Development of a New York state pesticide sales- and use-reporting computerized database
CALS Impact Statement
As a result of legislation passed in 1996, Cornell and several New York state agencies are undertaking the development, maintenance, and enhancement of a statewide pesticide sales- and use-reporting database and associated databases.
Pesticides are toxic substances and may cause cancer in humans. New York state legislation passed in 1996 allows regulators and scientists to track commercial pesticide use and sales within the state by means of a series of databases being developed at Cornell. Researchers can use the data to assess human exposure and environmental effects to pesticides being applied.
A database and websites have been developed that allow for access to commercial pesticide use and sales within New York state. The data provide regulators and researchers with more accurate assessments of pesticide use. Data can be used in future biomarker studies to assess possible/potential pesticide exposure effects in humans. Associated databases that track certified pesticide applicators, registered businesses, and registered pesticide products in New York have also been developed.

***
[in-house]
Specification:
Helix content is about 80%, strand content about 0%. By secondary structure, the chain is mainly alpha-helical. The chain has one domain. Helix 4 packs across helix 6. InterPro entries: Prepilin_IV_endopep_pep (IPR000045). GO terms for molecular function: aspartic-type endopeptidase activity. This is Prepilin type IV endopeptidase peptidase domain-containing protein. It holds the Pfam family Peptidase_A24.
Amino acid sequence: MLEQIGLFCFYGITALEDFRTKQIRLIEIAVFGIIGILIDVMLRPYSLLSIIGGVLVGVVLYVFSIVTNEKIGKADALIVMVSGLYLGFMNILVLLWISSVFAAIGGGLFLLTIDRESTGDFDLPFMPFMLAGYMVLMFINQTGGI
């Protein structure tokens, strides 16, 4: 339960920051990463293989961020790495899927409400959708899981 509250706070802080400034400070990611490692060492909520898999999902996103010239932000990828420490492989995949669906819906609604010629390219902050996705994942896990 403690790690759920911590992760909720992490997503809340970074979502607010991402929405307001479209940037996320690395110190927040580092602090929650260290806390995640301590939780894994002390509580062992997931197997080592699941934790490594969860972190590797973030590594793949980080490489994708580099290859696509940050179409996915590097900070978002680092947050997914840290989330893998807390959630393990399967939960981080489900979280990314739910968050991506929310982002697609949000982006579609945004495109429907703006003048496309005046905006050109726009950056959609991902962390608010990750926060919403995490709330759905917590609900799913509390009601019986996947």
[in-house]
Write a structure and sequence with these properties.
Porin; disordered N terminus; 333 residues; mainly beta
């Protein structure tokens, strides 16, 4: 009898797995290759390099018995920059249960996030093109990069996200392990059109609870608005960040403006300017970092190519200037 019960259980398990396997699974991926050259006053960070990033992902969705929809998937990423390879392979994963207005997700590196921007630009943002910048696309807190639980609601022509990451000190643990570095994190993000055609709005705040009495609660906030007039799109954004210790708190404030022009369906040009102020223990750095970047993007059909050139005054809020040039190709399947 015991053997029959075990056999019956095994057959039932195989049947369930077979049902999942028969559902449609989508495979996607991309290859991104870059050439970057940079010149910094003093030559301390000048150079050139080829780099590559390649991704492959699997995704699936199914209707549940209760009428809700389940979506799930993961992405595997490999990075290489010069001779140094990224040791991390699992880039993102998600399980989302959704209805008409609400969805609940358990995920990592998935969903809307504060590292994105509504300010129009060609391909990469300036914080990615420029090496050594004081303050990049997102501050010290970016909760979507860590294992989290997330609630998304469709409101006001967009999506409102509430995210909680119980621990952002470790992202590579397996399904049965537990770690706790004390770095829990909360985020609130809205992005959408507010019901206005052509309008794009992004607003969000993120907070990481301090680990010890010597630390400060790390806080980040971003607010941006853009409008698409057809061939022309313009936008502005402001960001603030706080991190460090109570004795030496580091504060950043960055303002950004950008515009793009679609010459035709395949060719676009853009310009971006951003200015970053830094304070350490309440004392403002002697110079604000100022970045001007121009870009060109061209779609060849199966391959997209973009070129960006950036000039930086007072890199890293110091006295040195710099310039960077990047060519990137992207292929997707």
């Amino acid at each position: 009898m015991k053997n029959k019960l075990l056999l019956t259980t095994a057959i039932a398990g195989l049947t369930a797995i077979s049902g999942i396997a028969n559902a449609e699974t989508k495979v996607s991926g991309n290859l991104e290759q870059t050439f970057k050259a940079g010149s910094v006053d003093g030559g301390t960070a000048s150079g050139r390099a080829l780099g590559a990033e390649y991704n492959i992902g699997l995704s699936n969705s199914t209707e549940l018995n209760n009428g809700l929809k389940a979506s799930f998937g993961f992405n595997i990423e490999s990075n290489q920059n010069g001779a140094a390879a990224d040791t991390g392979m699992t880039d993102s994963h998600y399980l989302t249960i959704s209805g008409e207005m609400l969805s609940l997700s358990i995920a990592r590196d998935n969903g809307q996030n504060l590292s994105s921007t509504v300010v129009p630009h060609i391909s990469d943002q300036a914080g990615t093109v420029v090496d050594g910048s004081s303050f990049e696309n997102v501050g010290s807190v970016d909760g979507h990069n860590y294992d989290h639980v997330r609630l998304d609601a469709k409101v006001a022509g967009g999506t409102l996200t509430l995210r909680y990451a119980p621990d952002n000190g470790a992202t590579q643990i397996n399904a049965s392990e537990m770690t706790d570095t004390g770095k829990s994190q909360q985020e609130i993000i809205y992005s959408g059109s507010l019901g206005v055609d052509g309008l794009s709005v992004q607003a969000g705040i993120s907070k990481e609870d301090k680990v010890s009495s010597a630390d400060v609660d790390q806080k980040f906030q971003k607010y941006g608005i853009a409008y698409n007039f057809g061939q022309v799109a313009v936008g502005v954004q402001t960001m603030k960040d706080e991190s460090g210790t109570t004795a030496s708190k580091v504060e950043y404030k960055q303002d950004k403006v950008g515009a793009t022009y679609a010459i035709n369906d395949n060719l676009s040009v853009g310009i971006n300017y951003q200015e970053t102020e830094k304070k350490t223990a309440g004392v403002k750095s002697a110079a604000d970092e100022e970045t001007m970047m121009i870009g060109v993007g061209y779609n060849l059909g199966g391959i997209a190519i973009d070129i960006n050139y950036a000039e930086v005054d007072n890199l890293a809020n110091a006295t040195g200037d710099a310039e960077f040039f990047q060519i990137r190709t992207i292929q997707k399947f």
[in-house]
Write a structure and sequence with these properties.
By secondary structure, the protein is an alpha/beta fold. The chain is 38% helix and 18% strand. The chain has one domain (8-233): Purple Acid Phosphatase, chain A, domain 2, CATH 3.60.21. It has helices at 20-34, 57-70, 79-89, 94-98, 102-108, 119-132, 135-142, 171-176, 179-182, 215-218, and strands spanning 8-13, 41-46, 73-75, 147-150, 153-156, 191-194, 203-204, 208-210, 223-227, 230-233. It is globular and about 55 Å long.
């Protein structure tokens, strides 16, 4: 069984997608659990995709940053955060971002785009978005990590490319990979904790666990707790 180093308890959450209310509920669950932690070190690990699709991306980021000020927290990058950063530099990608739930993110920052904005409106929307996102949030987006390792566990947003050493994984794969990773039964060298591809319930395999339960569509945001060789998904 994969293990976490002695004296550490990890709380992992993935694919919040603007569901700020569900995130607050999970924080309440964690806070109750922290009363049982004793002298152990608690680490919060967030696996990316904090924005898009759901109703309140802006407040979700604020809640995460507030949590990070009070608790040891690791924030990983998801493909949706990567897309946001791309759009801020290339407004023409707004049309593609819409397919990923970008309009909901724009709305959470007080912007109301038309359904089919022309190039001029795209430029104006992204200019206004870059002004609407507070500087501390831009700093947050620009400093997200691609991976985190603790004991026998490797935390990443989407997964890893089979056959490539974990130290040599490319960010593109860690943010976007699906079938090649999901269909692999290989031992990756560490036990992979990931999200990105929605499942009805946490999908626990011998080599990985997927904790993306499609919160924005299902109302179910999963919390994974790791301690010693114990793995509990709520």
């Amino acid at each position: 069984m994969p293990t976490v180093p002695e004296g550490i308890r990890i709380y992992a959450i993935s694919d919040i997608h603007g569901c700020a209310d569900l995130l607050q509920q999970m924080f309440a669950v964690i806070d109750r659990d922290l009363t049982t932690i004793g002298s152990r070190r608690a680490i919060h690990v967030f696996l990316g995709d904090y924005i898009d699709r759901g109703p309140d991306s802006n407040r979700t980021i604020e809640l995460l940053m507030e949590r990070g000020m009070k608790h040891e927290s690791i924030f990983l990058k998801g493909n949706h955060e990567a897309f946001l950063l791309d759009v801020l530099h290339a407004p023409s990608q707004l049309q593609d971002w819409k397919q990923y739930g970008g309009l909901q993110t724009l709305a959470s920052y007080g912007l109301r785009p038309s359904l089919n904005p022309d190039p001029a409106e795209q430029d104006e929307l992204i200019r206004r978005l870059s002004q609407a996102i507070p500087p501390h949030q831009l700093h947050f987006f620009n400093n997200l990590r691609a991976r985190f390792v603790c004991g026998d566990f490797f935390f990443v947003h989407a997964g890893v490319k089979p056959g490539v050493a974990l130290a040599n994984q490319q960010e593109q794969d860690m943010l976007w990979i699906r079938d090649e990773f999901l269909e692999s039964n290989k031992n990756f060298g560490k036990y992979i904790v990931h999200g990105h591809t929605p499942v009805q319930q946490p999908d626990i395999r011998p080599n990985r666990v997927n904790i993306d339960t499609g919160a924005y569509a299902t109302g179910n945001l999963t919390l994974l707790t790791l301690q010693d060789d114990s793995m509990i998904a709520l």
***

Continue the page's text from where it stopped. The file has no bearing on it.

The regulated community is reporting, with greater accuracy, their use and sales of pesticides within New York state. State agencies now have or will have databases that can manage data and track pesticide use relative to potential human exposure and environmentally sensitive areas such as ground and surface water. More than five million reporting records have been received per year since 1997.
Robert Warfield (Entomology)
Chesley Brion (Entomology)
Frank Smith (Entomology)
Art Samplaski (Entomology)
Joe Gosselin (Entomology)
David Lane (Entomology)
Margaret O`Neil (NYS Department of Environmental Conservation)
Sam Jackling (NYS Department of Environmental Conservation)